He Said / She Said – Erin Kelly

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Don’t be left in the dark.

In the hushed aftermath of a total eclipse, Laura witnesses a brutal attack. She and her boyfriend Kit call the police, and in that moment, four lives change forever.

Fifteen years on, Laura and Kit live in fear.

And while Laura knows she was right to speak out, she also knows that you can never see the whole picture: something is always hidden . . . something she never could have guessed.

 

I must have a thing about eclipse stories at the moment, because this comes hot on the heels of Frances Brody’s eclipse set Death in the Stars.  Two novels, which could not however, be any more different.  After the cosiness of the 1920’s, I have been catapulted into the late nineties with a story the begins in Cornwall during the 1999 total eclipse, and continues on right until 2015 spanning the lives of Kit, Laura and Beth, along with the lives of the people surrounding them, affected over the years by their actions.

During the total eclipse of 1999  Laura witnesses an event that will follow her around from that moment on, one she struggles to come to terms with the aftermath of, the impact on the lives of all of those involved, and the ultimate unravelling of history.  As truths about those who share the ordeal become known, Laura struggles to come to terms with everything, hiding from the past seems her only option, striving to live a full life in the shadows, just as the sun hides behind the moon during an eclipse.

Switching back and forth between her current life and the unfolding memories of the past 15 years, He Said/She Said is told with all of the amazing ability I have come to expect from Kelly, ensuring that you are compelled to keep reading because you can’t wait to see how the tales intertwine, and slowly unwind all whilst combined with a reminder of how there are often many sides to every story…

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The Girl On The Train – Paula Hawkins

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“To everyone else in this carriage I must look normal; I’m doing exactly what they do: commuting to work, making appointments, ticking things off lists.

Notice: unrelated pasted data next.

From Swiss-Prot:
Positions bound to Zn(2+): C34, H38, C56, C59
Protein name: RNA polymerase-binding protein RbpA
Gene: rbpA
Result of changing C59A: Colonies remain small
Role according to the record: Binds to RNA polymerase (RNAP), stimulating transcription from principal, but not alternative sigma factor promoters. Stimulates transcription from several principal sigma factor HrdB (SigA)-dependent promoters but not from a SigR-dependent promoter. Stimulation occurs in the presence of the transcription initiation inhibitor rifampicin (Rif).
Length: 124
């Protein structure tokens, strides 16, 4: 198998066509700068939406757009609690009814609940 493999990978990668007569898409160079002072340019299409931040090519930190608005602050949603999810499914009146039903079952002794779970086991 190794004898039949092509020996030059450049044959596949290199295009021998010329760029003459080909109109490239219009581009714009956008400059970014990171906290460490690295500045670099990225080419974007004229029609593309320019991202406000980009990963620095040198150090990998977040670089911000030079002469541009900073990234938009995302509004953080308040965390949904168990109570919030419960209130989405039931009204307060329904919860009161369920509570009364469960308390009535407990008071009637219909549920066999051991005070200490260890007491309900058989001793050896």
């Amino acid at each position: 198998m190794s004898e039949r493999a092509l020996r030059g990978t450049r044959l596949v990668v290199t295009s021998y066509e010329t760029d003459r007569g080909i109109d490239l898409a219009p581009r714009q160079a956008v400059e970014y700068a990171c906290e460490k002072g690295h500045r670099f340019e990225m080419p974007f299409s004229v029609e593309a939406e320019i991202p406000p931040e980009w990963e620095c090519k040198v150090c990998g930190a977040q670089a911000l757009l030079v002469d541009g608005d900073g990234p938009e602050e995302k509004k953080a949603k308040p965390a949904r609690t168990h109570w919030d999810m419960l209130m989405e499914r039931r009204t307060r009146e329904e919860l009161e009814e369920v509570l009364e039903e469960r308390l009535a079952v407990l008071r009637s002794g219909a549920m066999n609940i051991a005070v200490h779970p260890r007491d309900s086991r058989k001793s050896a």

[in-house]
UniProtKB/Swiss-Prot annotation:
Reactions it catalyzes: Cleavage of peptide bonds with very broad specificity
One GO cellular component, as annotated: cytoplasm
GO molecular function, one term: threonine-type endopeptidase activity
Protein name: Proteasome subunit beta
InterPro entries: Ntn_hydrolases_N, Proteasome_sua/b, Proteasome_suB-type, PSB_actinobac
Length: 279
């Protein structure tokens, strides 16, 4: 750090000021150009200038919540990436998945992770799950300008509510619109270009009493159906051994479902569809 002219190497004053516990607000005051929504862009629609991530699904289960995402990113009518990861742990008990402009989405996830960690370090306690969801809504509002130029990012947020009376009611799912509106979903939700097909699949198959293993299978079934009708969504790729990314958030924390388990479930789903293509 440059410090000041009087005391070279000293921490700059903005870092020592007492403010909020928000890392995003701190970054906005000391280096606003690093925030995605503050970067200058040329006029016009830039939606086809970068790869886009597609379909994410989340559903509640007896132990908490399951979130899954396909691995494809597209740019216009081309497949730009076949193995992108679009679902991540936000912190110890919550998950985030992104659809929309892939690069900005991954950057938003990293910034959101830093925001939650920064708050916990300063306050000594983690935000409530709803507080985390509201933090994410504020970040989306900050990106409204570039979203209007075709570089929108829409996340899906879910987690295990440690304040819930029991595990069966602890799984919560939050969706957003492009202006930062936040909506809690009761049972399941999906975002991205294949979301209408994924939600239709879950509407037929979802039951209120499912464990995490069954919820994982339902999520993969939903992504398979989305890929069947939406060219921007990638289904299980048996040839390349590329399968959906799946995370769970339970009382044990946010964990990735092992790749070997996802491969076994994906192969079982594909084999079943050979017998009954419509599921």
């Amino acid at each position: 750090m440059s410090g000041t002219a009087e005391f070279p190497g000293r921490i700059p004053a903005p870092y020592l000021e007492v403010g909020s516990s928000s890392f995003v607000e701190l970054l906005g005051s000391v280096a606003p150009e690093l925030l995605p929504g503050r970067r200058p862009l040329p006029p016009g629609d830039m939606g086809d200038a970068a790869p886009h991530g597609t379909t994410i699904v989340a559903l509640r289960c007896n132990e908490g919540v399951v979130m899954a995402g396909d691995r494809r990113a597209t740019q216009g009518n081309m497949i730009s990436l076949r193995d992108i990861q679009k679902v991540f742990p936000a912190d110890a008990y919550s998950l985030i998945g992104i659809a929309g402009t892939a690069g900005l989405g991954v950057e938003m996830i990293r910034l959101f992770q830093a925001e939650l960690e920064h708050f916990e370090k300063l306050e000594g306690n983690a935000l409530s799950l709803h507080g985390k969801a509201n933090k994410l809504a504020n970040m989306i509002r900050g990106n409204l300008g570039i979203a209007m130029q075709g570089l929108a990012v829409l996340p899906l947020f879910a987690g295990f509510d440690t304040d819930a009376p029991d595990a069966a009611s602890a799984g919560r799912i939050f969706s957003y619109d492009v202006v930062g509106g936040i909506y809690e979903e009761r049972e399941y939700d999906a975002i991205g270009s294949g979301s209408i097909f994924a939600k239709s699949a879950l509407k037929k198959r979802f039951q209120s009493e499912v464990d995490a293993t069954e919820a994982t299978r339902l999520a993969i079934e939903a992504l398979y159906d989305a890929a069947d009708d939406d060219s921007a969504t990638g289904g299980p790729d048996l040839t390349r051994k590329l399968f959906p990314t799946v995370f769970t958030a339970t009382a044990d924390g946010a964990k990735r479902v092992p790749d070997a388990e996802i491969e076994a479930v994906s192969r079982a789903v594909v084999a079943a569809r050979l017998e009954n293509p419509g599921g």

Just goes to show.”

Rachel catches the same commuter train every morning. She knows it will wait at the same signal each time, overlooking a row of back gardens. She’s even started to feel like she knows the people who live in one of the houses. ‘Jess and Jason’ she calls them. Their life – as she sees it – is perfect. If only Rachel could be that happy.

Then she sees something shocking. It’s only for a minute until the train moves on, but it’s enough.

Now everything’s changed. Now Rachel has a chance to become a part of the lives show only watched from afar. Now they’ll see; she’s much more than just the girl on the train.

First things first, I’m simply going to say this….

Go Away and order this book now…

I guarantee when this book hits the shelves in January it is one that will be talked about just about everywhere. It’s simply that awesome. I can’t remember the last time I read a debut novel as original, gripping, and well written. I already know that I’m not going to shut up about this book for some time, and even with the wait for its release, it is one I am going to be recommending to anyone who asks me what I think they should be reading.

Published on the 15th January 2015, The Girl On The Train is epically timed for a cold, snow filled Saturday in front of the fire with some hot chocolate.  It’s dark, disturbing and totally addictive so put your feet up, get yourself comfortable and settle in for a good few hours because you will not be able to put this book down until you have finished.

I really don’t want to say too much about the plot of the book as much of its greatness is down to the magnificent way all the twists and turns unravel before your eyes as the pages pass by.

The Girl On The Train is written in one of my favourite ‘journal type’ styles, in the main from the perspectives of Rachel and Megan, although there is another point of view to be discovered, and covers the months leading up to Megan’s disappearance and those of Rachel’s search for the truth. As the narrative switches between the two timelines, what is revealed is a fabulous tale full of all of the mixed up emotions of many suburban household couples, those that often come with second marriages, divorces, affairs, unrequited loves, job loss, boredom, and motherhood.  It also has some of the most believable characters I’ve read in some time, and I felt it easy to identify with all the women involved at some point during the book.